Project Runway All Stars Recap: Making Unconventional the Norm
As if an all-star season of Project Runway wasn’t exciting enough already, it’s also a boon for recapping purposes because, of course, we already know all the designers in the competition — looking very fierce and high-end in their new opening credits, it must be said. Look, there’s cute little Mondo in shorts, the ever-controversial Kenley Collins in short-shorts, and even season-one vet Austin, striding purposefully while carrying a garment bag that floats wistfully in the wind. Isn’t it great to be back?
After they’d all gotten together and gleefully squealed themselves out, the designers head into Chelsea’s Limelight Marketplace — probably the largest group to be in there in a while — and there’s barely time to meet the actual first-timers (host Angela Lindvall and judges Georgina Chapman and Isaac Mizrahi) before the first fashion showcase. Each designer must present a pre-made look they think best illustrates their aesthetic. So surely the first all-star challenge will then force them to tear another competitor’s look apart — bare-handed, if not with only their teeth — and re-create it, much improved, right?
Well, no. The runway goes off with no twists, and it’s not until after the obligatory “look at our pretty apartments” segment that the challenge gets revealed. (Oh, and you know, there’s also a good-luck video message from Valentino Garavani, no big deal; he’s promoting his virtual museum, but of course.) In what’s now the quintessential Runway season’s first task, the designers have to craft a look that’s inspired by the gown they’d presented to the judges earlier using only “unconventional materials” — specifically, in this case, 99¢-store produce. Austin’s corn-husk dress gets name-dropped specifically as a success from the past — no pressure there, then. Season eight cast-mates Michael and April buy the same mopheads, and should thus forced to duel using them as weapons (but aren’t, boo), but otherwise the store yields no particular messiness.
Underscoring just how short this challenge seems to be (a one-day challenge with a 10 p.m. mandated finish, perhaps because all-stars demand more time for beauty sleep in their contracts?), new mentor Joanna Coles makes only a brief appearance for her critiques. There’s no mention of underwear just yet, but she seems to develop a good dialogue with the designers she engages with — perhaps other than kooky-lady Elisa, that is. (Really, the visibly flummoxed Coles is probably just glad she didn’t have to crawl around Elisa’s seemingly bizarre under-table workspace.) While a respite from the 90-minute-long episodes of recent seasons is nice, it’s certainly a whistle-stop tour through the workroom this week, with some designs-in-progress hardly seen at all, and an inordinate amount of time spent on Austin fixing a glue-gun-burnt hole in his blue plastic dress.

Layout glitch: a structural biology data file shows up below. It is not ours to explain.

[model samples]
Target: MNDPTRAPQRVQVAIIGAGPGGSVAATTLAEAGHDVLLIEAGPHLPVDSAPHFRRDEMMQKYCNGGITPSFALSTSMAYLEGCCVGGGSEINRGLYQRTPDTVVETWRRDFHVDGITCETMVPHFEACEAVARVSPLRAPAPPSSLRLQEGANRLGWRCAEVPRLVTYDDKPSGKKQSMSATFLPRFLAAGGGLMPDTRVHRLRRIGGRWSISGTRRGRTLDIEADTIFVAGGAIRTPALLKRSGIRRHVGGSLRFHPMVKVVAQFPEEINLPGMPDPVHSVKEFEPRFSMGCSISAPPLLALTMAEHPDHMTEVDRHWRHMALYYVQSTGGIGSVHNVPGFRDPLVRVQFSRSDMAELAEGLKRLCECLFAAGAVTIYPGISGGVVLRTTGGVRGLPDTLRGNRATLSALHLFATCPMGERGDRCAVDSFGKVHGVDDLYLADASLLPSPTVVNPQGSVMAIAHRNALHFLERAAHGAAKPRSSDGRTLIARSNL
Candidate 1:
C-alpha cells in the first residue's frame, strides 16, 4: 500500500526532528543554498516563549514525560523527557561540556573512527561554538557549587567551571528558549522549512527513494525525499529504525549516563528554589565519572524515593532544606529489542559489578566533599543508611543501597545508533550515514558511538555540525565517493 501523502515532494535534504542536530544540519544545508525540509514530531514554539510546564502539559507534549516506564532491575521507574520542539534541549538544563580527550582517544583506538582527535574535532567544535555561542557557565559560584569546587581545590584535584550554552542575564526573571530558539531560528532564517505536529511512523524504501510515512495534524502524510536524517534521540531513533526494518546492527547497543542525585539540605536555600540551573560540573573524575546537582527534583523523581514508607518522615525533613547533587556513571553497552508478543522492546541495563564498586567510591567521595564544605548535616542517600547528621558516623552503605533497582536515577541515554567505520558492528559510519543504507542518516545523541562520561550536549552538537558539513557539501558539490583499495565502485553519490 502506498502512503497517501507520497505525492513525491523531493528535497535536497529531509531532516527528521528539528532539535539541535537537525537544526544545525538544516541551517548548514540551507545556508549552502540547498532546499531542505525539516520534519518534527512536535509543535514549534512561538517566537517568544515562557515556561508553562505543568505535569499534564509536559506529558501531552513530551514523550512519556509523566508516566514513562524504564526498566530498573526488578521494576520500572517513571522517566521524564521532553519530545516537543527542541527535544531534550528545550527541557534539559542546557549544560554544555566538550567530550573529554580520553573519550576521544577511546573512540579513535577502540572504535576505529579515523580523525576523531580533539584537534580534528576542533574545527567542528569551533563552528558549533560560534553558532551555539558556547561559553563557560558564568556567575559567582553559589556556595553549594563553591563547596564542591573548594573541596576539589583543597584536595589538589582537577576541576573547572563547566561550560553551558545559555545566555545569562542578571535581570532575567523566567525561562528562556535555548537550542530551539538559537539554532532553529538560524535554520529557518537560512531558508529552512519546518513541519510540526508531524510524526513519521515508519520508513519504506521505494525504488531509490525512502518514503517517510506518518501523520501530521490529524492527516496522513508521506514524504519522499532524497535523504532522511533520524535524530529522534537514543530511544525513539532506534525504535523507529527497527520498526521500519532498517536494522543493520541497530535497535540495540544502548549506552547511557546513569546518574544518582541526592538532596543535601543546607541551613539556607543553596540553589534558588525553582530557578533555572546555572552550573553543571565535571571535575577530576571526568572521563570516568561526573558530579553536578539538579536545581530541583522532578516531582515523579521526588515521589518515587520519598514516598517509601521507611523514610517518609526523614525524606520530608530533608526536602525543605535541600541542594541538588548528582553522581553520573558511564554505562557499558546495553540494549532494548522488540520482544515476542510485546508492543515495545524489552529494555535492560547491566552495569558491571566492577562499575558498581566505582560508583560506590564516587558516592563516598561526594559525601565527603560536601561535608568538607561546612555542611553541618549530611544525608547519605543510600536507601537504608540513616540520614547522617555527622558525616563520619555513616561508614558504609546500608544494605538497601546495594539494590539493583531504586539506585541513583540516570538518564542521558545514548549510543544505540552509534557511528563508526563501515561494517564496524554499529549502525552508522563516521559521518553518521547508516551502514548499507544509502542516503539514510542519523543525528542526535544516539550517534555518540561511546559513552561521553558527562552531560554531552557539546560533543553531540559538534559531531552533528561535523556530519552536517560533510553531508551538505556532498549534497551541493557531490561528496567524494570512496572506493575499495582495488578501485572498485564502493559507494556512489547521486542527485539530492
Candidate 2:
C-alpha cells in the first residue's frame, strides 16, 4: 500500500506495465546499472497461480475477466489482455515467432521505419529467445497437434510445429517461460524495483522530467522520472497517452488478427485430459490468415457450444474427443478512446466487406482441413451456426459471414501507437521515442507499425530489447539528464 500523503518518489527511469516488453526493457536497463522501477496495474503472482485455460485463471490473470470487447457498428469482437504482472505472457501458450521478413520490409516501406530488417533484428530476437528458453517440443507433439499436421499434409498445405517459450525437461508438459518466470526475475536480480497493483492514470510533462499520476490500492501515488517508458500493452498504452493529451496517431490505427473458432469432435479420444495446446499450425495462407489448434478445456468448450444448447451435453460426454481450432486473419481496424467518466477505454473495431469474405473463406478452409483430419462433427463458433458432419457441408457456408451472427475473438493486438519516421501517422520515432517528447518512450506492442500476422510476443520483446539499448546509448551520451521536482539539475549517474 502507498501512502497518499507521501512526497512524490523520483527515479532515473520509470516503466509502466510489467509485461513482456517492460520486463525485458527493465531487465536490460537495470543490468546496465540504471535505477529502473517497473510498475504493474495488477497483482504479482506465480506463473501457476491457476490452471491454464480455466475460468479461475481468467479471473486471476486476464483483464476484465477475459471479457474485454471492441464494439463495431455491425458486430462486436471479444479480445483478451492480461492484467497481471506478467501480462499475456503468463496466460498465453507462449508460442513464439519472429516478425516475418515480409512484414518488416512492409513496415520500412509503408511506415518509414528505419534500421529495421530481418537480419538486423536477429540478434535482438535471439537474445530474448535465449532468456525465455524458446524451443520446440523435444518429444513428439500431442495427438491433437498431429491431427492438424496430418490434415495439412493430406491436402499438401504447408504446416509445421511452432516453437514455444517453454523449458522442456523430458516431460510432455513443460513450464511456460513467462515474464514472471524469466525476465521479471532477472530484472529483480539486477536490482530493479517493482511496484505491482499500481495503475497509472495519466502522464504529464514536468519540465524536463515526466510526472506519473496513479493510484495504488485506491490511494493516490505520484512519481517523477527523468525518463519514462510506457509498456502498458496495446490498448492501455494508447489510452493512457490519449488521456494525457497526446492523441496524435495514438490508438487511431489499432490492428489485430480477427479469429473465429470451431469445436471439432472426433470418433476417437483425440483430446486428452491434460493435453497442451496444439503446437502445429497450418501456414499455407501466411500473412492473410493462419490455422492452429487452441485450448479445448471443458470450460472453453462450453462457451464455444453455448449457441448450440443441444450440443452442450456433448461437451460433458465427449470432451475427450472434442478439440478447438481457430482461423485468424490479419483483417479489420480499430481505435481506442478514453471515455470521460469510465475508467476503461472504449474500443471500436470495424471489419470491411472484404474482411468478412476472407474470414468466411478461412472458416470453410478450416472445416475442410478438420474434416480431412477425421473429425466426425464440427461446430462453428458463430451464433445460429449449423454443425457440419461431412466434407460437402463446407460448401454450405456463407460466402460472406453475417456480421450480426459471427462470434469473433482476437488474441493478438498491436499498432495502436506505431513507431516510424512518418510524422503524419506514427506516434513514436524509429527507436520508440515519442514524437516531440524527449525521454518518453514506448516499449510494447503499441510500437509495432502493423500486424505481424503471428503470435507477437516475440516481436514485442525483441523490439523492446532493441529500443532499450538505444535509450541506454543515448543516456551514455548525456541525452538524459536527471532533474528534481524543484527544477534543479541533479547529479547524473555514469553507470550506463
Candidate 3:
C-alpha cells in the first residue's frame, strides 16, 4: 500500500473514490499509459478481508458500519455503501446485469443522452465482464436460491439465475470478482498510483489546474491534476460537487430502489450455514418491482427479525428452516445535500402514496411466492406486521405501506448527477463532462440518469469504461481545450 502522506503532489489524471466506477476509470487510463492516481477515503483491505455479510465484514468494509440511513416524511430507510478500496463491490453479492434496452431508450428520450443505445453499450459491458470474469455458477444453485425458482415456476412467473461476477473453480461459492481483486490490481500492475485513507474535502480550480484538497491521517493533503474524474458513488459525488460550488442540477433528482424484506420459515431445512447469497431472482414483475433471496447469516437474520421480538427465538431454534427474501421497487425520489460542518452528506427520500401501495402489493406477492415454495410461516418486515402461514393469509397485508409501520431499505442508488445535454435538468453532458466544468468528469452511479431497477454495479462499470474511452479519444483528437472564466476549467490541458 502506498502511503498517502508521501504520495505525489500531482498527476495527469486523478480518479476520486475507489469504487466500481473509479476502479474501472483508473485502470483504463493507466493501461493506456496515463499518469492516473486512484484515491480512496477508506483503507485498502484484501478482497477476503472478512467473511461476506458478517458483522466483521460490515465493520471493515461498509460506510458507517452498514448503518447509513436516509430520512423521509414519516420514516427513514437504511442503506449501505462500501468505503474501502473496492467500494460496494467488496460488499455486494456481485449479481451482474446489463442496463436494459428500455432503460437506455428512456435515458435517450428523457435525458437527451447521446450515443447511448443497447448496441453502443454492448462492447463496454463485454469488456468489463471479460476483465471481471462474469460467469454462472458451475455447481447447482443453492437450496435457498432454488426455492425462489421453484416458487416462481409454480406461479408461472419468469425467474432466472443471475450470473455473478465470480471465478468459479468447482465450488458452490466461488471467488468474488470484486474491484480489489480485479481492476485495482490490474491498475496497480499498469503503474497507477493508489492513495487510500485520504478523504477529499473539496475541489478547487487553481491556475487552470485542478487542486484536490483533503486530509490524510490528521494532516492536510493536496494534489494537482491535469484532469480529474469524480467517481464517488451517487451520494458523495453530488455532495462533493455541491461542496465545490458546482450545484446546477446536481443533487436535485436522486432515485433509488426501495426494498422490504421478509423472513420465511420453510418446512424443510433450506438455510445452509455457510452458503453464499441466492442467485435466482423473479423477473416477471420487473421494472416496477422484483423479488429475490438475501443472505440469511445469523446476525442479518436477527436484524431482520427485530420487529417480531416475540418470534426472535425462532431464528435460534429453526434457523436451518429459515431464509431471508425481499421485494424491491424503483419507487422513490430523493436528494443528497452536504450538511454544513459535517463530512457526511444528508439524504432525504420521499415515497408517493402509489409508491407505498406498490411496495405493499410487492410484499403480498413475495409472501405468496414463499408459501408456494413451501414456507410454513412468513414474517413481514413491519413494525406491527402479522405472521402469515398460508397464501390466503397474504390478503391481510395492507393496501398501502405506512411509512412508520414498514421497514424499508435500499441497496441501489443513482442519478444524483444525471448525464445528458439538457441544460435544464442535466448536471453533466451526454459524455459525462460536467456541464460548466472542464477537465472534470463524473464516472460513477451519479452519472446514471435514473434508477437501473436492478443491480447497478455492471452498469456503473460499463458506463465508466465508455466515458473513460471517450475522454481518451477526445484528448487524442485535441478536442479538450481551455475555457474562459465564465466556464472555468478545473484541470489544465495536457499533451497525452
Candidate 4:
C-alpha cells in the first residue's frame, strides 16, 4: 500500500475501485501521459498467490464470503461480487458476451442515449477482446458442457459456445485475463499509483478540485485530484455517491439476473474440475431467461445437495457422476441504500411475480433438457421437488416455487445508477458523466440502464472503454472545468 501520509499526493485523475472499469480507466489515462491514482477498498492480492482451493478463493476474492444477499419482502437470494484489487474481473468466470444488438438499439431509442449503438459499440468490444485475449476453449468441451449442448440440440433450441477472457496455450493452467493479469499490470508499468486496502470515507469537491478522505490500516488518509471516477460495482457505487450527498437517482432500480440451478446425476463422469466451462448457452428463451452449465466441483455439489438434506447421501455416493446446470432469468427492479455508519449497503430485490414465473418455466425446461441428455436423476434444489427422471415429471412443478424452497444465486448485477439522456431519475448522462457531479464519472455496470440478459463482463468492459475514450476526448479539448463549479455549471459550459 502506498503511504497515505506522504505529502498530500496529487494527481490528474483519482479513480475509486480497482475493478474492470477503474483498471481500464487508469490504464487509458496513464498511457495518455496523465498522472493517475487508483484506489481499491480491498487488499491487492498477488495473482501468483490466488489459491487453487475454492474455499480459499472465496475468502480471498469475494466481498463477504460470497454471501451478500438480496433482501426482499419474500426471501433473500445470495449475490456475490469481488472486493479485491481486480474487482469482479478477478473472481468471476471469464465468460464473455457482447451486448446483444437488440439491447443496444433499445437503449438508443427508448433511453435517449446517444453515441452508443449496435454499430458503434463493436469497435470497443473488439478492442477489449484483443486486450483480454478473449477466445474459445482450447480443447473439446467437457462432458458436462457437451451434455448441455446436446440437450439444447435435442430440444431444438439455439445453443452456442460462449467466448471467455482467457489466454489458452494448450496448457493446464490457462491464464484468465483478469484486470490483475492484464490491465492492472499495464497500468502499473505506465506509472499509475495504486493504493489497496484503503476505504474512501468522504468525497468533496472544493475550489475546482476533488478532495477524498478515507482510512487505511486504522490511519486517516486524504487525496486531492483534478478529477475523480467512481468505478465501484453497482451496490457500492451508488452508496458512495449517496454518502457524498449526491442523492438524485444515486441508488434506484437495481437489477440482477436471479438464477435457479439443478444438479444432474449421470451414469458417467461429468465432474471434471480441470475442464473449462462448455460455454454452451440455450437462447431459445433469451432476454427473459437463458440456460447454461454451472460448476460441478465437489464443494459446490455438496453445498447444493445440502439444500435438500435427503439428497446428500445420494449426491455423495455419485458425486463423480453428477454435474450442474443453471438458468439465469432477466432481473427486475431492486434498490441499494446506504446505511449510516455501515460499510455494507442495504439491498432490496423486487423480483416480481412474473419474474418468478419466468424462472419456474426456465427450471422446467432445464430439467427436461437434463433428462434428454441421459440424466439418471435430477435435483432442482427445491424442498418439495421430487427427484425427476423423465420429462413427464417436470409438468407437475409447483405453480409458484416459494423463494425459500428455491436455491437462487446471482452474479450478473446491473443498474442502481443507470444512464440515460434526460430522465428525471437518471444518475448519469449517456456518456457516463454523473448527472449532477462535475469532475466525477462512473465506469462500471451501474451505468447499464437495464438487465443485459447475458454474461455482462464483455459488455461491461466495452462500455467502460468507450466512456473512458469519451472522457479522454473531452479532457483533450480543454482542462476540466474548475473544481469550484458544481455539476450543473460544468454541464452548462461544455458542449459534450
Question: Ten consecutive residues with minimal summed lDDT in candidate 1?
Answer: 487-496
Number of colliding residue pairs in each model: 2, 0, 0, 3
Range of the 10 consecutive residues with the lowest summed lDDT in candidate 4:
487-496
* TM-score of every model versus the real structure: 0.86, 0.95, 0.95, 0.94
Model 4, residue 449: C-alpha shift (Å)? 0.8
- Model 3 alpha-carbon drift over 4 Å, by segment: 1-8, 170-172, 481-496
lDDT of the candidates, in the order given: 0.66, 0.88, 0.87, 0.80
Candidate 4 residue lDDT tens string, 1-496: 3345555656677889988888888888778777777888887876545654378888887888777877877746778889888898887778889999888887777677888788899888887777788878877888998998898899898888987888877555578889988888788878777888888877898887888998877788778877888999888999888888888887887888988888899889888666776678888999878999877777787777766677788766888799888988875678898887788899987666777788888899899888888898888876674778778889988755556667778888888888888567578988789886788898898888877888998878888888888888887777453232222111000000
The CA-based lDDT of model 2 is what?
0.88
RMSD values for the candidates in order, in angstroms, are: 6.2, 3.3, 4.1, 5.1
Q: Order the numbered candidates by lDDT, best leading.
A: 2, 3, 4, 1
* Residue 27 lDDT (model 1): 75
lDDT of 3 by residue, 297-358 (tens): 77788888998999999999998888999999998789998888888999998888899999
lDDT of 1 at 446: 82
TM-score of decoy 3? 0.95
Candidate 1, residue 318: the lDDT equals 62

Angela’s entrance onto the first judging runway makes it clear she’s inherited Heidi’s sparkle-centric wardrobe. And then, woo hoo — just as quickly, it’s time for the designs. There’s binders and bath mats and cheap-looking terry towels, hankies and plastics and yes, two sets of mop heads all woven together — but, really, for a challenge touting innovations and the incorporation of unusual materials, it’s not a particularly exciting combination. Just where are the corn husks? Or the coffee filters, the “wickety-wack” trim, the wicker baskets even — dare we suggest a Vincent Libretti cameo? It’s a question that must be asked. (Well, the one about the lacking creativity, not about Vincent’s return.)
Oddly, the judges miss an opportunity to make Michael and April gripe at each other over their similarly draped dresses — not that it seems to matter because the promos for next week’s episode suggest they get into it after BOTH PICKING RED FABRICS. (Eek!) Instead, Rami, Jerell, and Mondo earn the top scores, with Rami’s wonderfully constructed take on plaid well-deserving of the victory. Less lucky are the three ladies on the bottom: Gordana, Elisa, and Sweet P. Somehow, despite Sweet P’s raggedy striped terry-towel sundress, it is Elisa and her take on story-time that get sent home. This time, there’s no “auf” to be had, just a handshake and good-bye from Angela. As Elisa was arguably the most unconventional choice as an all-star in the first place, it’s particularly surprising to see her out of the running so quickly — she surely had more
spit marks blessings to give. And yet it’s maybe fitting, because no one was going to accept the first elimination as gracefully as she did.
And in case you’re still maybe a little confused by what’s old and what’s new (or, to coin a well-used phrase, who’s in and who’s out) on this special season, here’s a handy little video primer. You’re welcome!